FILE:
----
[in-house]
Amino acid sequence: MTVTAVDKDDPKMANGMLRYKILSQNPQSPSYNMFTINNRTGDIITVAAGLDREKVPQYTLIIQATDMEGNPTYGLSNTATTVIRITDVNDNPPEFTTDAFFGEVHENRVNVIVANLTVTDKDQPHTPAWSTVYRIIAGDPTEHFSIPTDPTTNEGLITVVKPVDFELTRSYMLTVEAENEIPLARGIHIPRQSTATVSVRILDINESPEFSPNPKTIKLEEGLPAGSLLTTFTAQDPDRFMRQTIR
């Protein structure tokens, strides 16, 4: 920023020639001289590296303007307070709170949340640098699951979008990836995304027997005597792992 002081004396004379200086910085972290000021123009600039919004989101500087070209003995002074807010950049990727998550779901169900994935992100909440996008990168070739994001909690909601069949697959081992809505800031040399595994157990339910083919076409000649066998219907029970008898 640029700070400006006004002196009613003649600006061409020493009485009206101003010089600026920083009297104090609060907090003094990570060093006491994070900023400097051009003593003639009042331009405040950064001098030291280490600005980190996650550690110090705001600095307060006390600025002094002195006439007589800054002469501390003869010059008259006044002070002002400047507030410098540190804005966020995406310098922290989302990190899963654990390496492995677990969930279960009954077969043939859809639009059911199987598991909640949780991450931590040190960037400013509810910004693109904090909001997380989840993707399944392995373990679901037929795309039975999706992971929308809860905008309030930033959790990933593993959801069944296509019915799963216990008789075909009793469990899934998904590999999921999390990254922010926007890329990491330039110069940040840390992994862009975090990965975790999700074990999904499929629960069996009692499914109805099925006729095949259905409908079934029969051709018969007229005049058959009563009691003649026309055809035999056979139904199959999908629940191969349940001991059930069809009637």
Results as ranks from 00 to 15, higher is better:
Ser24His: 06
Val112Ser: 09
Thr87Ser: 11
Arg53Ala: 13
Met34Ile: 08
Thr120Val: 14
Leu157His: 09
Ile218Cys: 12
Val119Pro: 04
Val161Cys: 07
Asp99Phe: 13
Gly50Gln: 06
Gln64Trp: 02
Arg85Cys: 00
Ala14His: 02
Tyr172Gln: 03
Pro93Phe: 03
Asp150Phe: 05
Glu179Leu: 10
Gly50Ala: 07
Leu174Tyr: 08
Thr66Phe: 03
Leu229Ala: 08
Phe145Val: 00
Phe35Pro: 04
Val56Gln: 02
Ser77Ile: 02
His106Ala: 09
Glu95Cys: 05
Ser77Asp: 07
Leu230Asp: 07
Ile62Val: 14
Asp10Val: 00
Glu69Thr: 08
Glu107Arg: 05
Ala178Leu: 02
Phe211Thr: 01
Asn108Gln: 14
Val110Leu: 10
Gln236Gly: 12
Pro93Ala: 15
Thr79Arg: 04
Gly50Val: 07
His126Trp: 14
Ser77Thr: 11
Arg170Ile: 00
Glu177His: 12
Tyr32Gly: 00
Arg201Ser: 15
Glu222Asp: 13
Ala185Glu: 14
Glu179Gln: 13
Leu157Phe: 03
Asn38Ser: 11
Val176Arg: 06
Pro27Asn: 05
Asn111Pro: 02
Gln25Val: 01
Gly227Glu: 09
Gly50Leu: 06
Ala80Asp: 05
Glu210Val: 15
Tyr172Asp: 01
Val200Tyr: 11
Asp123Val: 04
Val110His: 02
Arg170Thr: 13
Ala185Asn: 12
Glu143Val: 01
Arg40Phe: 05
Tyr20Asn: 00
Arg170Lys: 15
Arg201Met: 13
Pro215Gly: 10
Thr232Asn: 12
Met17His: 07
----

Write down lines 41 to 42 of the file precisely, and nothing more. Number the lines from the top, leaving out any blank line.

Phe211Thr: 01
Asn108Gln: 14